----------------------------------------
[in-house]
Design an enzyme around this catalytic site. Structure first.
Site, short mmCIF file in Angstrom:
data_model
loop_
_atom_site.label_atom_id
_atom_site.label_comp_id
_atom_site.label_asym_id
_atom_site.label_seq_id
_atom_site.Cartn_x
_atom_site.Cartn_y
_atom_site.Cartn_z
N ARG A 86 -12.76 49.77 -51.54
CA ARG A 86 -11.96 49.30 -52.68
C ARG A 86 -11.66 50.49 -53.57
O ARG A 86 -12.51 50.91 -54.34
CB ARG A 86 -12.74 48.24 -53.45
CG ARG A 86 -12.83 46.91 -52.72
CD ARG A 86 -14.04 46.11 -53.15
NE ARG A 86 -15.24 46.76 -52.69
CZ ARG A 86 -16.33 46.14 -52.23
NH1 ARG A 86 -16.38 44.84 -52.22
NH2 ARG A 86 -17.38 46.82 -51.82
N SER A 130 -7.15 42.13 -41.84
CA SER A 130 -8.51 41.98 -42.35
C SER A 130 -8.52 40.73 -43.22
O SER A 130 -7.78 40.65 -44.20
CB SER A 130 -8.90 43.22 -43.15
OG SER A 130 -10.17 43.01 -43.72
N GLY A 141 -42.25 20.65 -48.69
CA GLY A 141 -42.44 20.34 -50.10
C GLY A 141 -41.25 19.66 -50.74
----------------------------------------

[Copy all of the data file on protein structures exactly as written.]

[in-house]
Design an enzyme around this catalytic site. Structure first.
Site, short mmCIF file in Angstrom:
data_model
loop_
_atom_site.label_atom_id
_atom_site.label_comp_id
_atom_site.label_asym_id
_atom_site.label_seq_id
_atom_site.Cartn_x
_atom_site.Cartn_y
_atom_site.Cartn_z
N ARG A 86 -12.76 49.77 -51.54
CA ARG A 86 -11.96 49.30 -52.68
C ARG A 86 -11.66 50.49 -53.57
O ARG A 86 -12.51 50.91 -54.34
CB ARG A 86 -12.74 48.24 -53.45
CG ARG A 86 -12.83 46.91 -52.72
CD ARG A 86 -14.04 46.11 -53.15
NE ARG A 86 -15.24 46.76 -52.69
CZ ARG A 86 -16.33 46.14 -52.23
NH1 ARG A 86 -16.38 44.84 -52.22
NH2 ARG A 86 -17.38 46.82 -51.82
N SER A 130 -7.15 42.13 -41.84
CA SER A 130 -8.51 41.98 -42.35
C SER A 130 -8.52 40.73 -43.22
O SER A 130 -7.78 40.65 -44.20
CB SER A 130 -8.90 43.22 -43.15
OG SER A 130 -10.17 43.01 -43.72
N GLY A 141 -42.25 20.65 -48.69
CA GLY A 141 -42.44 20.34 -50.10
C GLY A 141 -41.25 19.66 -50.74